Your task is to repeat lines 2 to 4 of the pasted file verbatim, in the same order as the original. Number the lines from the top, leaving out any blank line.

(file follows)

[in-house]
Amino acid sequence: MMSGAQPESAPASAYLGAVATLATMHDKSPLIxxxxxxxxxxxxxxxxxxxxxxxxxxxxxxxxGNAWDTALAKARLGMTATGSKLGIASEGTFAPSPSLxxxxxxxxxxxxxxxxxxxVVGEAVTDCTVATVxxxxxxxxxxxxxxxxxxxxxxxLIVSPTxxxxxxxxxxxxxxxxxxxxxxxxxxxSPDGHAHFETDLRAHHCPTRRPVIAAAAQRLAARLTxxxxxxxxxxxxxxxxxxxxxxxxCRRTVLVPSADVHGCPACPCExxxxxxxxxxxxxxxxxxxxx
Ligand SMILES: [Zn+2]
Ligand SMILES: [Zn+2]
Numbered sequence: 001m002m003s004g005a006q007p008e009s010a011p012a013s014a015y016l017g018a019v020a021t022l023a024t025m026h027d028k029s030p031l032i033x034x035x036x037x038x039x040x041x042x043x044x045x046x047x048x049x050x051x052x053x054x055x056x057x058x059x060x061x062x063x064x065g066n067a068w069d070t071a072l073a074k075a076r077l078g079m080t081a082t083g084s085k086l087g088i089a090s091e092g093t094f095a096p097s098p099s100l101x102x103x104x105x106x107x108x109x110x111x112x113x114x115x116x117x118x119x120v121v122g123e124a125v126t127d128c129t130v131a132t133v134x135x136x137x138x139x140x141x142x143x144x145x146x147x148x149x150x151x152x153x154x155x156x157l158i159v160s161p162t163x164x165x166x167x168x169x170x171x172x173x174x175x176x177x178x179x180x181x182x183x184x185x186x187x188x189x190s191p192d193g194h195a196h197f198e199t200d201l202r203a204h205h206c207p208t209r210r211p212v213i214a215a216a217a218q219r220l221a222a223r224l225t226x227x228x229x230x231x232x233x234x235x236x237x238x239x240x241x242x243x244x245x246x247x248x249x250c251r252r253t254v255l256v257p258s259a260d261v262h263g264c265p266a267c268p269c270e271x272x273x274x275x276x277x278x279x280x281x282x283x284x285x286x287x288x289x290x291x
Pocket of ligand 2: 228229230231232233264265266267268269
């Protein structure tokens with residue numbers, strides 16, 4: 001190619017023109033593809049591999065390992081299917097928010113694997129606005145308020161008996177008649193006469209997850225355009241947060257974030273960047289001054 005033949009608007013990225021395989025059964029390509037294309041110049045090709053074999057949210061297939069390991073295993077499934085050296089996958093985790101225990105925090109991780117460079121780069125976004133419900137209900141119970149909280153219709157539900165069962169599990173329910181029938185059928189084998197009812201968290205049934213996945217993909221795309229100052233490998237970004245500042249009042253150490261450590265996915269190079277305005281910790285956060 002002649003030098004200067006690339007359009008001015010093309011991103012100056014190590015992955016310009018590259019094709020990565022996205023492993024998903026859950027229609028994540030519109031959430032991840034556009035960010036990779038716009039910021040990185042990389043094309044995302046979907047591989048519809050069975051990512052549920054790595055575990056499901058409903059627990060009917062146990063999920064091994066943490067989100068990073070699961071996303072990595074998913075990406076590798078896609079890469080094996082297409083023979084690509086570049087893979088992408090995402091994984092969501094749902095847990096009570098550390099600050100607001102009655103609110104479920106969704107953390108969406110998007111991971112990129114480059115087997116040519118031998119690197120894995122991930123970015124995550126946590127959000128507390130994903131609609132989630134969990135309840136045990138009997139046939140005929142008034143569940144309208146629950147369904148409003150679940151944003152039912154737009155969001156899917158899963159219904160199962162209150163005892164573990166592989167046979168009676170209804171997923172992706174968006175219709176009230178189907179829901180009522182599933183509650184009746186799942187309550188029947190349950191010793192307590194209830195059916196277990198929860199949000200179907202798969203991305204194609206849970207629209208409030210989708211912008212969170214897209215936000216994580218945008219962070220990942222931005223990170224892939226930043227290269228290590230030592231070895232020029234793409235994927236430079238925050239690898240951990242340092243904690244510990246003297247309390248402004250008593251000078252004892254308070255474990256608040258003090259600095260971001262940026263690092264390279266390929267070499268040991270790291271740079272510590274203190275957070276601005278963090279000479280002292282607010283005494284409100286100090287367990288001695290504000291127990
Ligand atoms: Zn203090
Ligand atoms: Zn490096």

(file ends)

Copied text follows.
Amino acid sequence: MMSGAQPESAPASAYLGAVATLATMHDKSPLIxxxxxxxxxxxxxxxxxxxxxxxxxxxxxxxxGNAWDTALAKARLGMTATGSKLGIASEGTFAPSPSLxxxxxxxxxxxxxxxxxxxVVGEAVTDCTVATVxxxxxxxxxxxxxxxxxxxxxxxLIVSPTxxxxxxxxxxxxxxxxxxxxxxxxxxxSPDGHAHFETDLRAHHCPTRRPVIAAAAQRLAARLTxxxxxxxxxxxxxxxxxxxxxxxxCRRTVLVPSADVHGCPACPCExxxxxxxxxxxxxxxxxxxxx
Ligand SMILES: [Zn+2]
Ligand SMILES: [Zn+2]